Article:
Edward Sapir (18841939). Language: An Introduction to the Study of Speech. 1921.
Concrete Relational Concepts (still more abstract, yet not entirely devoid of a measure of concreteness): normally expressed by affixing non-radical elements to radical elements, but generally at a greater remove from these than is the case with elements of type II, or by inner modification of radical elements; differ fundamentally from type II in indicating or implying relations that transcend the particular word to which they are immediately attached, thus leading over to
Pure Relational Concepts (purely abstract): normally expressed by affixing non-radical elements to radical elements (in which case these concepts are frequently intertwined with those of type III) or by their inner modification, by independent words, or by position; serve to relate the concrete elements of the proposition to each other, thus giving it definite syntactic form.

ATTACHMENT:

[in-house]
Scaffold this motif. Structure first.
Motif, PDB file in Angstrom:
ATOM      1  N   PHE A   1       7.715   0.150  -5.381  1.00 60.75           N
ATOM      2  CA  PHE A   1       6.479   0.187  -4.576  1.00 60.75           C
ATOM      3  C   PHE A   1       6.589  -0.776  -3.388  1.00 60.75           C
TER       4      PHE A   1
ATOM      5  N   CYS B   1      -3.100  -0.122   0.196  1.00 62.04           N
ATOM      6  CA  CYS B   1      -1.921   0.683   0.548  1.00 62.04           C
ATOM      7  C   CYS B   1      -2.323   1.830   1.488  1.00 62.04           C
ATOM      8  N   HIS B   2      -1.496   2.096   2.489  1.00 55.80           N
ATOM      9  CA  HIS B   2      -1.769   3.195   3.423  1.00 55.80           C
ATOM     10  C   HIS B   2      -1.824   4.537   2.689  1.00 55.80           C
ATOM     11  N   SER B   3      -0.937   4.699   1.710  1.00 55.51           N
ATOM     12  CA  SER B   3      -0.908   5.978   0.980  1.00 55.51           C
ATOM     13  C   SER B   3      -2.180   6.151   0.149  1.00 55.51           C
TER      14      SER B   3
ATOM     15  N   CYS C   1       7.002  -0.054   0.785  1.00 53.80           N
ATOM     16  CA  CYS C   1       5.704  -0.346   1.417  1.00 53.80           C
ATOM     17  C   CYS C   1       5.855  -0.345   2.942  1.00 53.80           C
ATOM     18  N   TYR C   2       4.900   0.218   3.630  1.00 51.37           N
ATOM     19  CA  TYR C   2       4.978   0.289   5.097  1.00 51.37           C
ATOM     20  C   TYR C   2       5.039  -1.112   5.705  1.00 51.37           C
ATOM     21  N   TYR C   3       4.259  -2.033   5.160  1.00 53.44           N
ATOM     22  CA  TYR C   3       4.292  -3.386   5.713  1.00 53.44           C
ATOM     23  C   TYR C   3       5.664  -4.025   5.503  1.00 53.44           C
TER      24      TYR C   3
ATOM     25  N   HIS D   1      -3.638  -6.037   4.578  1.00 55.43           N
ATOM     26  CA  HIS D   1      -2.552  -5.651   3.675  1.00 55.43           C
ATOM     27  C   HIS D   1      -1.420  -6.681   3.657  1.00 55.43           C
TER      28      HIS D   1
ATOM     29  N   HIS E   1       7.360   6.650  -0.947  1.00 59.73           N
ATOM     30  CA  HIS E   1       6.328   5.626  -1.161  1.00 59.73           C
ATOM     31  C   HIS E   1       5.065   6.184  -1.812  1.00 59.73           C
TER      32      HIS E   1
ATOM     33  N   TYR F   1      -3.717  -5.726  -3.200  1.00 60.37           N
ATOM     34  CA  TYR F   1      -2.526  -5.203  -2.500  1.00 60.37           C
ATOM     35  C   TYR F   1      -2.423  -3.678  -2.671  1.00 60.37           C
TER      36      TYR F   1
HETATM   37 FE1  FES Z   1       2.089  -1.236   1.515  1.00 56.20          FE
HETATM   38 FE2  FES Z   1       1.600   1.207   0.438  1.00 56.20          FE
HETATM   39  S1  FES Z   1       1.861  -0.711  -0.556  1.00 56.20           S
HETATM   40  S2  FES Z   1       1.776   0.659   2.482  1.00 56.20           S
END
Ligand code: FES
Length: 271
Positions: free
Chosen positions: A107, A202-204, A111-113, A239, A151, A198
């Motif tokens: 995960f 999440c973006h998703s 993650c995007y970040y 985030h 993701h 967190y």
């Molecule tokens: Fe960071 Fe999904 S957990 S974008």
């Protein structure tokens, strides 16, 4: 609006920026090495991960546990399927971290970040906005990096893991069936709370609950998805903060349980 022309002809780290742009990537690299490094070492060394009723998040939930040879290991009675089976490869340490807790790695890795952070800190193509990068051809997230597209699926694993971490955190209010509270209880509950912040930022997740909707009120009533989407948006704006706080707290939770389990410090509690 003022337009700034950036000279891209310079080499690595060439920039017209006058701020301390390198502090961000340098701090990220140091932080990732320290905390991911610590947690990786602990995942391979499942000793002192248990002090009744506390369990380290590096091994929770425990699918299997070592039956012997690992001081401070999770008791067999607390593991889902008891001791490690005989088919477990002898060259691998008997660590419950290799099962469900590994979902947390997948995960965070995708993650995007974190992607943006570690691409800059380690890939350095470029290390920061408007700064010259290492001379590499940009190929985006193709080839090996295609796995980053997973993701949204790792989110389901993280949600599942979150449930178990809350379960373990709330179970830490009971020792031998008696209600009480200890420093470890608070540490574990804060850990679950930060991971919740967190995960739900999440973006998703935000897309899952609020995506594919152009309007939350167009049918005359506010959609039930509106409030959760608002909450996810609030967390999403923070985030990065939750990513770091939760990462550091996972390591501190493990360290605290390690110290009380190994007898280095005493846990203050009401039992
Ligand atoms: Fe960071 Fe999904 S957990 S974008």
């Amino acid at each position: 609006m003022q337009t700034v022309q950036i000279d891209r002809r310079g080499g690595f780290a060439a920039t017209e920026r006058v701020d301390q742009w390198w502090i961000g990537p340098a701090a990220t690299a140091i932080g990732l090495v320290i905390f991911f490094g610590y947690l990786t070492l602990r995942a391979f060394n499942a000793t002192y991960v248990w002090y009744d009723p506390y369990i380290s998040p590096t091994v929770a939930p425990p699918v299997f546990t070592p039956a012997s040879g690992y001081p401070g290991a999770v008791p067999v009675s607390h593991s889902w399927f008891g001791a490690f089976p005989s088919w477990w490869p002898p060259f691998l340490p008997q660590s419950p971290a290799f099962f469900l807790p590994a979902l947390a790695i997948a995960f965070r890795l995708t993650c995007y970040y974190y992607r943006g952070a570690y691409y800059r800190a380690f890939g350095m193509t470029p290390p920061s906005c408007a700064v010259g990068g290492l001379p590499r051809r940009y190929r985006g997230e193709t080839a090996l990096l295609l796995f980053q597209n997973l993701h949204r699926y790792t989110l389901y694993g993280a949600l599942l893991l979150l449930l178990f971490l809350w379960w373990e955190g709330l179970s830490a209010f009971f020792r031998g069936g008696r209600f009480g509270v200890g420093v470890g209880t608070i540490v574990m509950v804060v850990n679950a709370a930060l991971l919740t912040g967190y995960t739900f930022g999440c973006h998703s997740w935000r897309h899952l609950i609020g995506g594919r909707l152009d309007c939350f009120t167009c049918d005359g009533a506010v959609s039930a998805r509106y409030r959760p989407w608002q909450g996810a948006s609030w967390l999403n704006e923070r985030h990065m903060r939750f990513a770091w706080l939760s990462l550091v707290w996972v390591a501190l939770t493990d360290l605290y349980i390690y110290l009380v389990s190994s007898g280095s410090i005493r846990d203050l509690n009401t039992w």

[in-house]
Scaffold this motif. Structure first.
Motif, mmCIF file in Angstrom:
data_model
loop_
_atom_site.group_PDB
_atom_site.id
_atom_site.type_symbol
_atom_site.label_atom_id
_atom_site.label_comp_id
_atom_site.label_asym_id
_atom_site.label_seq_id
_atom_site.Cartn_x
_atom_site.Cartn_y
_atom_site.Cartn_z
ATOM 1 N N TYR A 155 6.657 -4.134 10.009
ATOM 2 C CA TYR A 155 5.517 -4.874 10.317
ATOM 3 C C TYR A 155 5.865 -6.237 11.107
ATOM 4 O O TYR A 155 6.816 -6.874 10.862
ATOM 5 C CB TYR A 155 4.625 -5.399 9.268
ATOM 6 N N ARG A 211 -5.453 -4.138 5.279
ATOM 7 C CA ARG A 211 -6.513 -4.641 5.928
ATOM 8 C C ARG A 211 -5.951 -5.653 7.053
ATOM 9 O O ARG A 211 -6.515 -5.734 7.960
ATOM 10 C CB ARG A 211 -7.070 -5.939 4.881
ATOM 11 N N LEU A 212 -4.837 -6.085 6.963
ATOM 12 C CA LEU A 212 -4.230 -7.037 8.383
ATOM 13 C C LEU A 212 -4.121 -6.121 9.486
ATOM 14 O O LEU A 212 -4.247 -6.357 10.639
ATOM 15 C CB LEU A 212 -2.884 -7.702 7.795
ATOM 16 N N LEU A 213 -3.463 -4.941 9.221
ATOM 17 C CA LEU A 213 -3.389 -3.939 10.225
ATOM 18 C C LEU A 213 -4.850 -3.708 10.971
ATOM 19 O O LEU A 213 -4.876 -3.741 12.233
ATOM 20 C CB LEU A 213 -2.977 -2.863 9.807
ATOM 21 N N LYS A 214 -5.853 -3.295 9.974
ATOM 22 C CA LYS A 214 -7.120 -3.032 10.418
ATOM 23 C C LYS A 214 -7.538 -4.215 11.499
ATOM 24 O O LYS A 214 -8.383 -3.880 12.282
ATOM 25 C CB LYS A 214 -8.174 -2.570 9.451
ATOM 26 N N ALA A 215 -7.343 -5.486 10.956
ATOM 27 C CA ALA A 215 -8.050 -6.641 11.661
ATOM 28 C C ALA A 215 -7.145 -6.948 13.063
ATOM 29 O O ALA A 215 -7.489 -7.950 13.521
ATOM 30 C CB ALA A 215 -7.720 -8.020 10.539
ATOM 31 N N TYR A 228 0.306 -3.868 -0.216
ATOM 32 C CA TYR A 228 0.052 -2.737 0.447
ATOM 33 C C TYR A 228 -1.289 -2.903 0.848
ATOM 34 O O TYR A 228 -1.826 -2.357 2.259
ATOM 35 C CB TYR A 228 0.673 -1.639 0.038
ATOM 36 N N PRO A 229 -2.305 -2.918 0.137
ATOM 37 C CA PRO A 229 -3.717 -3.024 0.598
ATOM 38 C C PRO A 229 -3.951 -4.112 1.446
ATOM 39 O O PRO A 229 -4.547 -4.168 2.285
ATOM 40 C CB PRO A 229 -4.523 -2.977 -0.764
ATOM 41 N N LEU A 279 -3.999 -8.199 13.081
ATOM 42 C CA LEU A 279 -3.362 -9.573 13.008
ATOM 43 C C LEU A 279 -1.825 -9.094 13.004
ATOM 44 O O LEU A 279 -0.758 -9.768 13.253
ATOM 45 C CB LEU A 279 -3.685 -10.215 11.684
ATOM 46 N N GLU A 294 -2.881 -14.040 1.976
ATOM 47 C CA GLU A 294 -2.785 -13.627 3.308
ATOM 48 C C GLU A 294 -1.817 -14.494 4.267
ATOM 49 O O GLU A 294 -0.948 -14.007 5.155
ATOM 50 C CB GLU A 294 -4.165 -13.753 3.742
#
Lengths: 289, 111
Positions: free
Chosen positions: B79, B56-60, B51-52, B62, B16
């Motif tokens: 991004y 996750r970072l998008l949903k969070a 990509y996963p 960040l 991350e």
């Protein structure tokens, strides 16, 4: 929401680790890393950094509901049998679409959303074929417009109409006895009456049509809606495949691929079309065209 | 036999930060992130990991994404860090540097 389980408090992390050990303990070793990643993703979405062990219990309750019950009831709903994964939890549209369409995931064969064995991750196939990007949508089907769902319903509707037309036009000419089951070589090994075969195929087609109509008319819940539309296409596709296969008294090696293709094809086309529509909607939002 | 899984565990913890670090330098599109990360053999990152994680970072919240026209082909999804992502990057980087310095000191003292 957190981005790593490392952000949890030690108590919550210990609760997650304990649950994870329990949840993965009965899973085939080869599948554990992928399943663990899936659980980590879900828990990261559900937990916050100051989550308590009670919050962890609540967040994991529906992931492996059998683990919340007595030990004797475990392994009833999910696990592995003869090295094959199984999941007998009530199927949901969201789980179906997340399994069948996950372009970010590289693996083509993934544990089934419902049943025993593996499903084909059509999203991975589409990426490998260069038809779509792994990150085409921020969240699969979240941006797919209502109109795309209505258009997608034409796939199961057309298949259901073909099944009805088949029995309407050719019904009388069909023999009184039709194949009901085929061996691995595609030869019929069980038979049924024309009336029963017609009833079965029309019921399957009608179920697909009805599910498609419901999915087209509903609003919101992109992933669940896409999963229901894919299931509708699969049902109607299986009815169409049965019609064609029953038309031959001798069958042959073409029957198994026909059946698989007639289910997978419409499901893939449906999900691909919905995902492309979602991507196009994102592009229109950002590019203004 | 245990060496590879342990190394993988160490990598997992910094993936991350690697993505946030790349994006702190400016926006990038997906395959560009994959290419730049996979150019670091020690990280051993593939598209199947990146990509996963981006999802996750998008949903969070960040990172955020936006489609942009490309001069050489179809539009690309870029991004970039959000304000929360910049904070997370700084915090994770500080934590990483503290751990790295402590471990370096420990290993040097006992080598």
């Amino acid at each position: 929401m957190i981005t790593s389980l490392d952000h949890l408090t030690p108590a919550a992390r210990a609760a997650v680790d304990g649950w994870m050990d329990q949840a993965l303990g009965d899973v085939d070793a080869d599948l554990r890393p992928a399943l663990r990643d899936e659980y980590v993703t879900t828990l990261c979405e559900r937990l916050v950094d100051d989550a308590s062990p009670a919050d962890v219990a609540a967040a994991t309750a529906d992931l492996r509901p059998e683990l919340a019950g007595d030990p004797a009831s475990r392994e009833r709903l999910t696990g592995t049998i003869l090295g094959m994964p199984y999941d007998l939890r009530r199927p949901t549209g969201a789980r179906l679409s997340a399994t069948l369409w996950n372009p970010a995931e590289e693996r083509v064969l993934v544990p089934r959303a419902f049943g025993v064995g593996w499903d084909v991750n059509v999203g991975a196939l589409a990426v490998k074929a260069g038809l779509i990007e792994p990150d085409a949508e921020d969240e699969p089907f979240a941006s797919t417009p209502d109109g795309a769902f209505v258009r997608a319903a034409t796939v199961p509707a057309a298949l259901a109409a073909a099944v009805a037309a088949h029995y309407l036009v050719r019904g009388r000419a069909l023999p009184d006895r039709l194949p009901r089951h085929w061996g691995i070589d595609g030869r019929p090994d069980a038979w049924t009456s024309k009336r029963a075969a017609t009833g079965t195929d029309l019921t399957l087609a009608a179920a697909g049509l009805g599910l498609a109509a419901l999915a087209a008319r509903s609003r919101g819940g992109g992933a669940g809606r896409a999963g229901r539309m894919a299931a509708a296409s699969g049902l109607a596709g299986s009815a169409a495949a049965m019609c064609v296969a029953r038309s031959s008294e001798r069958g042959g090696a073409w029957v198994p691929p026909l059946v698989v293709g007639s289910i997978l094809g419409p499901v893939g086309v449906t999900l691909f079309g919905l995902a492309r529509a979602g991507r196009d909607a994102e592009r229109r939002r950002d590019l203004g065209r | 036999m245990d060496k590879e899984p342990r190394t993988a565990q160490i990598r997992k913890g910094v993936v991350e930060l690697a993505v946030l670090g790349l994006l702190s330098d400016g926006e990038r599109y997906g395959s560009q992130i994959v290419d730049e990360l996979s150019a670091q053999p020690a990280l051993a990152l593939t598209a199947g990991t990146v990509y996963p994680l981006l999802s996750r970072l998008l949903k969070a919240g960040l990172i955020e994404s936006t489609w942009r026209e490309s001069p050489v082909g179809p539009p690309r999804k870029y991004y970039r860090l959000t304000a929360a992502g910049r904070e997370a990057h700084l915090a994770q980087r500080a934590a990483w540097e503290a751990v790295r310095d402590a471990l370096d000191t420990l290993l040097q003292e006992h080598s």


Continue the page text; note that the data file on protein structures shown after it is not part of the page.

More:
The nature of these four classes of concepts as regards their concreteness or their power to express syntactic relations may be thus symbolized:
I. Basic Concepts II. Derivational Concepts
III. Concrete Relational Concepts IV. Pure Relational Concepts
These schemes must not be worshipped as fetiches. In the actual work of analysis difficult problems frequently arise and we may well be in doubt as to how to group a given set of concepts. This is particularly apt to be the case in exotic languages, where we may be quite sure of the analysis of the words in a sentence and yet not succeed in acquiring that inner feel of its structure that enables us to tell infallibly what is material content and what is relation. Concepts